A Heuristic for environmental values and ethics, and a psychometric instrument to measure adult environmental ethics and willingness to protect the environment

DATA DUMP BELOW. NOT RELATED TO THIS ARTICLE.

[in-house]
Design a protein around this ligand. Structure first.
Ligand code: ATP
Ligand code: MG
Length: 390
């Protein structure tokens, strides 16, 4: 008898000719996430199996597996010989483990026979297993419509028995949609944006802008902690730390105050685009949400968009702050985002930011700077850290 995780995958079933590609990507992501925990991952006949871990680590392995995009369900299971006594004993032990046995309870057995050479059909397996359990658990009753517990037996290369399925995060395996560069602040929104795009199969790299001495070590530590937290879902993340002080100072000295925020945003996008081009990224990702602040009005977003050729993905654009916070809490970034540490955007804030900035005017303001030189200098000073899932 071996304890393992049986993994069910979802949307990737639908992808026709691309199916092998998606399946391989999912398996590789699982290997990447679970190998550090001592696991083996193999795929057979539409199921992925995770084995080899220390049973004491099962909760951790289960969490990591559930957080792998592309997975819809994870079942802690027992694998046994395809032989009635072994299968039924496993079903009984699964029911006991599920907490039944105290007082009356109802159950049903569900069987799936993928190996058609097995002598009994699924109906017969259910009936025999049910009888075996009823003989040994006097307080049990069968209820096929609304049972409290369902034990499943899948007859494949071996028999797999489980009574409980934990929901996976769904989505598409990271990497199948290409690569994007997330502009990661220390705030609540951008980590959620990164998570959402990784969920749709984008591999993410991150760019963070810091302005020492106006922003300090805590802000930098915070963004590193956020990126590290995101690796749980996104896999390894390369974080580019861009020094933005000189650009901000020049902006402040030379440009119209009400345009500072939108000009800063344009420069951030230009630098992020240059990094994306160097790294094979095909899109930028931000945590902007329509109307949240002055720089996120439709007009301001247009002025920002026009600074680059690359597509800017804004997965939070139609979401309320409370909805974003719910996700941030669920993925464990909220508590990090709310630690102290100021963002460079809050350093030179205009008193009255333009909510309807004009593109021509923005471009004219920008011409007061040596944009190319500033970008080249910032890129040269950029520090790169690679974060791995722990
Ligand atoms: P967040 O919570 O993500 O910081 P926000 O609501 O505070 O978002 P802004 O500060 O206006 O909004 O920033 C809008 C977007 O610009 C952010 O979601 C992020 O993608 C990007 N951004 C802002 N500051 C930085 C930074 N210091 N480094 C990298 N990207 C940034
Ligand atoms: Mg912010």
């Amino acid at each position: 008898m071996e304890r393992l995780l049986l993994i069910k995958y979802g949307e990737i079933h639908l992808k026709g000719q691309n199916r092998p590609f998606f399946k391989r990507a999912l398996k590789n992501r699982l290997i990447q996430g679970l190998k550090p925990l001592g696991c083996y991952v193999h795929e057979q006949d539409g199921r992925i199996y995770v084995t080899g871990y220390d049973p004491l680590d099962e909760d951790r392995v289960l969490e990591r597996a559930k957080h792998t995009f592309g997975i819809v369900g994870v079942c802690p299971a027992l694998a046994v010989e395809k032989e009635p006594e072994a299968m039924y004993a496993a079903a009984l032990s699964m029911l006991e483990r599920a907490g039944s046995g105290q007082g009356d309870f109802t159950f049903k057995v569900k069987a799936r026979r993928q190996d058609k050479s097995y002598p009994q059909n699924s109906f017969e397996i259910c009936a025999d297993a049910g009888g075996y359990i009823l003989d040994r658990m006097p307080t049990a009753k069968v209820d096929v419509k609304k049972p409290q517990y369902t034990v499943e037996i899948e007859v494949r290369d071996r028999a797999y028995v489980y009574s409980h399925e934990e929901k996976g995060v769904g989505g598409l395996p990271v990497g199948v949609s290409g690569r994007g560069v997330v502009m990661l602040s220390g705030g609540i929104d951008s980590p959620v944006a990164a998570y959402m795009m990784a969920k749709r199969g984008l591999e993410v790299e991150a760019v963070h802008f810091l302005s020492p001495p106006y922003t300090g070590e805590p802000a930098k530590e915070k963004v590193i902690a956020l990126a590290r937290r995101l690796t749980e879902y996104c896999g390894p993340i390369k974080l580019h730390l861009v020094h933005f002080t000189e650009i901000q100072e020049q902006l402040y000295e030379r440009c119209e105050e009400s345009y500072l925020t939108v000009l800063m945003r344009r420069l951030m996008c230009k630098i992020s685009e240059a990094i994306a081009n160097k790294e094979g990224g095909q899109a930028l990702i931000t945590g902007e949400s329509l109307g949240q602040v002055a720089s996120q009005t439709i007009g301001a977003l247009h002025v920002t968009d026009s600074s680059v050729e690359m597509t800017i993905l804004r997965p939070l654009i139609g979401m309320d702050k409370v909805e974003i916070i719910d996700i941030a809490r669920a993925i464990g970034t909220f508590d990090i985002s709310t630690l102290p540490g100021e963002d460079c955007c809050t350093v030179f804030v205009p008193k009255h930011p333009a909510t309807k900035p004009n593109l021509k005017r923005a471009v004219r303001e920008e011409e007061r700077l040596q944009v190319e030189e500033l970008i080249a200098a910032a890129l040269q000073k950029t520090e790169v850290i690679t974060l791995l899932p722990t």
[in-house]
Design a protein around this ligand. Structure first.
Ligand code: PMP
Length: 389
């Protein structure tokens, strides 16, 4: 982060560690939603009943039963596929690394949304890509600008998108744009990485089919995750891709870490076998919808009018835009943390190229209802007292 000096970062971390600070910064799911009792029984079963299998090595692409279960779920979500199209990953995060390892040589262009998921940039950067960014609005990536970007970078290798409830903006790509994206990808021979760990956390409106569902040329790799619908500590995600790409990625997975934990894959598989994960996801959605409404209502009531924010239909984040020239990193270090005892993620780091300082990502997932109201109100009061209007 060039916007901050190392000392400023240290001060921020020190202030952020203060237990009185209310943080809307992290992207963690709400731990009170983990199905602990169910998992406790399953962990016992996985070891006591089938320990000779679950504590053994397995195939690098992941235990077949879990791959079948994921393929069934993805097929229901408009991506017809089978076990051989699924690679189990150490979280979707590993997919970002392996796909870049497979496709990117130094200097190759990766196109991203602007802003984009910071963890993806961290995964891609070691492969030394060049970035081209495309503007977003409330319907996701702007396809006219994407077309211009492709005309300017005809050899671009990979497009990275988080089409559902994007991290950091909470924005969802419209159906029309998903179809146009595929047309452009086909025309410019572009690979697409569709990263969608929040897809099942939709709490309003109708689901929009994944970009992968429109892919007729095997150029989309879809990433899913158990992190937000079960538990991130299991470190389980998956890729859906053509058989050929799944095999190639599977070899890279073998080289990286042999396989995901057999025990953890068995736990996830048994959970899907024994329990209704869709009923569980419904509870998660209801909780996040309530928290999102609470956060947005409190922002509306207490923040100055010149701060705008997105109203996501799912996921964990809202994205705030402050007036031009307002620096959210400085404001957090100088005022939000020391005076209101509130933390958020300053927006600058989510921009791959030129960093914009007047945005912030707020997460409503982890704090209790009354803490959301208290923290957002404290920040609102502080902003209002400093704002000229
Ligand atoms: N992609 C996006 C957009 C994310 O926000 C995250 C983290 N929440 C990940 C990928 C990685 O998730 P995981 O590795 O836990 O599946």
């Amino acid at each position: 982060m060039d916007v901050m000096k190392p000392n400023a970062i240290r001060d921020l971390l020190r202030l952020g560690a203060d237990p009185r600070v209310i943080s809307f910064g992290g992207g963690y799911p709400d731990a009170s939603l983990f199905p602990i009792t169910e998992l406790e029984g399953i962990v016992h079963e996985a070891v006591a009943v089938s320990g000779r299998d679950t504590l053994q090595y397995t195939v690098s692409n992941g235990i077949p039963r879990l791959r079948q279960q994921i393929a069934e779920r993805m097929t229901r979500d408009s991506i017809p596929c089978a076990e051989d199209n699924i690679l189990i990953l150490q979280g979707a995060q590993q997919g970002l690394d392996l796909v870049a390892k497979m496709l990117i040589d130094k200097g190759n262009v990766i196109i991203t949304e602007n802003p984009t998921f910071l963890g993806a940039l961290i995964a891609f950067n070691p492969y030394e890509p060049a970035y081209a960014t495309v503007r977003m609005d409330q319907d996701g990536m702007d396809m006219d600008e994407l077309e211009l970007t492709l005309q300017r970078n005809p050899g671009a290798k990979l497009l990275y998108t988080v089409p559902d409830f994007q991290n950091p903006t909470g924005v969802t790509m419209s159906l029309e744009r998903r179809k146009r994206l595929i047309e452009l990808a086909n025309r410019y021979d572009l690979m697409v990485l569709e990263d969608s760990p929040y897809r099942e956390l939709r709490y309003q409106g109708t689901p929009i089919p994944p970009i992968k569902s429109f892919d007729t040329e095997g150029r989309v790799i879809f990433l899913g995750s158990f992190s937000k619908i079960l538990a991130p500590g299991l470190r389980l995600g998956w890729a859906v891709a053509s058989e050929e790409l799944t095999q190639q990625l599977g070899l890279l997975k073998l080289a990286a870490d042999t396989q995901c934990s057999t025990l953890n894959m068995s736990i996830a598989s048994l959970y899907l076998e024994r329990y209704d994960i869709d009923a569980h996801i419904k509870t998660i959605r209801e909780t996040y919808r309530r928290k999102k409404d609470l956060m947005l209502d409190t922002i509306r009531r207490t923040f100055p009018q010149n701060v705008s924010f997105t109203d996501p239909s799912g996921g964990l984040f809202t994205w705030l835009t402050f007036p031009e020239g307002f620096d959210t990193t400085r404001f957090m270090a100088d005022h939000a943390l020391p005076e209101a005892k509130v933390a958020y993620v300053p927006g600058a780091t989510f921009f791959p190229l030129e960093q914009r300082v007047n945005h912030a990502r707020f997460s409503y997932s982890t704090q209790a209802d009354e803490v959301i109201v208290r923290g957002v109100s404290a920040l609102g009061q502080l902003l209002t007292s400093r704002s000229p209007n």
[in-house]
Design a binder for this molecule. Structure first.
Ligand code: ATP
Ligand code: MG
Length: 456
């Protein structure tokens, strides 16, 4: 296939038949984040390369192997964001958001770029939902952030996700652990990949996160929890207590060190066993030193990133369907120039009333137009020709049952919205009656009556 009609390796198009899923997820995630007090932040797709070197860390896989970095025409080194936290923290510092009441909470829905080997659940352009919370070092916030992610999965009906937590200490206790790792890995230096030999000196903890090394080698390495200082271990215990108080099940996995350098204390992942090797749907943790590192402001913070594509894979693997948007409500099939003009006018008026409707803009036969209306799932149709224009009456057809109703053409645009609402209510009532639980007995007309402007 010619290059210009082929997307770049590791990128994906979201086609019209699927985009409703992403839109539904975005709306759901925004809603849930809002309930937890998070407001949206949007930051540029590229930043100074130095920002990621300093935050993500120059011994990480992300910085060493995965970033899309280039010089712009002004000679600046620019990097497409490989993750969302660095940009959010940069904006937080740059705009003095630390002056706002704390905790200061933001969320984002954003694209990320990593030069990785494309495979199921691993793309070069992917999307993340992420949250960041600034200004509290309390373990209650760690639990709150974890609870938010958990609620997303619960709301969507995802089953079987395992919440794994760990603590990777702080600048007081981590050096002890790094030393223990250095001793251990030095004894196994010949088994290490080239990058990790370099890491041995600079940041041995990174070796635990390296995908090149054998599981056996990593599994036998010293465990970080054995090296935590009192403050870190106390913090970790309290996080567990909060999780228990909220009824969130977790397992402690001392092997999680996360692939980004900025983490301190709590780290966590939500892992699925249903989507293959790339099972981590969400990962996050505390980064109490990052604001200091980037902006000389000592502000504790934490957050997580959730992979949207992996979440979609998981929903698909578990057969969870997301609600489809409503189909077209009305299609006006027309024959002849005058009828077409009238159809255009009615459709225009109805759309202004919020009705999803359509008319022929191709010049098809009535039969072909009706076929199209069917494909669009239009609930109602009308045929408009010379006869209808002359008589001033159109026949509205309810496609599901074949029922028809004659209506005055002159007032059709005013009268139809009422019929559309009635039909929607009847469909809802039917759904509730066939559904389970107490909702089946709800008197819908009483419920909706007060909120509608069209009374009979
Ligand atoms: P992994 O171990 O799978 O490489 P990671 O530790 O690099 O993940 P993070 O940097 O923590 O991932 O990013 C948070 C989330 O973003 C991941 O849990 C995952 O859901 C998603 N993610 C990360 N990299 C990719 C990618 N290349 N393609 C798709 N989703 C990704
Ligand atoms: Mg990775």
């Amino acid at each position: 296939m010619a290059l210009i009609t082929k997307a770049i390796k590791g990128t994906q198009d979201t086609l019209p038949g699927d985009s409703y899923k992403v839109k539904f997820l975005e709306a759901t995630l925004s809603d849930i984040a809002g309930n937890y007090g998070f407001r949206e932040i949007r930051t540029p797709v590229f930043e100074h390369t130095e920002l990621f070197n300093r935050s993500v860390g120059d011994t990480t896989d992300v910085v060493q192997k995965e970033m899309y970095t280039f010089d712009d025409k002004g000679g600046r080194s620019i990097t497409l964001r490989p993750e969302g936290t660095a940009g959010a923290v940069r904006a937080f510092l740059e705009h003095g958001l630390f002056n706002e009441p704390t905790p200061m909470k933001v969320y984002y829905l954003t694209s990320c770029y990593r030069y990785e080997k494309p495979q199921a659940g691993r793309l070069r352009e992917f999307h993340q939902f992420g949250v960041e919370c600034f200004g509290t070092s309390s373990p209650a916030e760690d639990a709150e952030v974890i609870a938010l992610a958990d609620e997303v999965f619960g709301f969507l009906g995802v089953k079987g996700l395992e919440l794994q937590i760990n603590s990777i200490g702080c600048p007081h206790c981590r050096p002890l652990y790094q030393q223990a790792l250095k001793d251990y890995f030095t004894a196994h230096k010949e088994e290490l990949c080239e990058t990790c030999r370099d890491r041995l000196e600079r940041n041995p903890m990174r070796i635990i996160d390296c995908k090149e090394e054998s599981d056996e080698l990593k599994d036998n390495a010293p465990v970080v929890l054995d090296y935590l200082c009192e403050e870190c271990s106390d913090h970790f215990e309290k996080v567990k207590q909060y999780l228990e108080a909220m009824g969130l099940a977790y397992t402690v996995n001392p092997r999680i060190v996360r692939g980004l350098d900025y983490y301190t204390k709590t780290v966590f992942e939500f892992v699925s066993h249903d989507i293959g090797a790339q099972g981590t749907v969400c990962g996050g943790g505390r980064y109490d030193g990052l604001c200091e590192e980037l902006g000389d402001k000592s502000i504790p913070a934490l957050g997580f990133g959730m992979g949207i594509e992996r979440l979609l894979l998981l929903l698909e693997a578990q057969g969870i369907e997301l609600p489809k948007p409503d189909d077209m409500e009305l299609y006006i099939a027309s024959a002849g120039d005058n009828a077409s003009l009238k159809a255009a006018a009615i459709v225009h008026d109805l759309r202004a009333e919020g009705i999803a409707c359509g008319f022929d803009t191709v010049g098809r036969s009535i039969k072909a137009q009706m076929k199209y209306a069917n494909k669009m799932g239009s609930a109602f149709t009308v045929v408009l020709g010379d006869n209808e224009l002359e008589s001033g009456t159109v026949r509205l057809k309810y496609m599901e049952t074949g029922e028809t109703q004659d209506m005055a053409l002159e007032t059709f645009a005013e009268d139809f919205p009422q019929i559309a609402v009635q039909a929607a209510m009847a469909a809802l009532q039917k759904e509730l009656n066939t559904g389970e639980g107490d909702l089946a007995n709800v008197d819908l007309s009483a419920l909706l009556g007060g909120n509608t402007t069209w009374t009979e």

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The need for instruments to objectively and deeply measure public beliefs concerning environmental values and ethics, and relationship to environmental protection led to a project to integrate analytical techniques from ethics and educational psychology to identify beliefs in theories of value and obligation (direct and indirect), develop a 12-category system of environmental ethics, and a psychometric instrument with 5 scales and 7 subscales, including a self-assessment instrument for environmental ethics. The ethics were tested for ability to distinguish between beliefs in need to protect environment for human interests versus the interests or rights of animals and the environment. A heuristic for educators was developed for considering 9 dimensions of environmental and the ethics, and tested favorably. An exploratory survey (N = 74, 2001) of adult moral beliefs used 16 open-ended questions for moral considerability of, rights, treatment, and direct and indirect moral obligations to the environment. A 465 - item question bank was developed and administered (N = 191, 2002) to Ohio adults, and reduced to 73 items in 12 Likert-type scales (1-7, 1 strongly disagree) by analyzing internal consistency, response variability, interscale correlations, factorial, and ANOVA. The results (beliefs concerning the general environment): Scale 1) Environmental Capacity (suffer mentally and physically) μ= 5.0, ą= 0.85; 1.1) Conativity, μ= 4.2, ą= 0.84; 1.2) Sentience, μ= 5.0, ą= 0.85; Scale 2) Value, μ= 5.0, ą= 0.92 ; 2.1) Intrinsic Value, μ= 3.4, ą= 0.84 ; 2.2) Animal and Environment‟s Rights, μ= 4.95, ą= 0.90; Scale 3) Moral Need to Protect, μ= 5.0, ą= 0.84; 3.1) Moral Acceptability of 4 Uses (medical research, zoo's, eating, killing to eat) μ= 4.8, ą= 0.89; 3.2) Usefulness, μ= 5.54, ą= 0.89; 4) Environmental Ethic ą = 0.73 (95% in ethics 7-12, the ecological ethics), highest population mean: "Ecological Phenomenalism", then "Ecological Ecocentrism"), modal category: "Ecological Ecocentrism" ; and Scale 5) Willingness to Protect Environment, Legally, μ=5.2, ą= 0.83. One factor per scale (2 factors for 2 dimensional environmental ethics scale). ANOVA: 4 scales independent, Scale 5 dependent: high predictive capacity -adjusted r2= 0.78. Scales demonstrated good reliability to measure complex moral beliefs.
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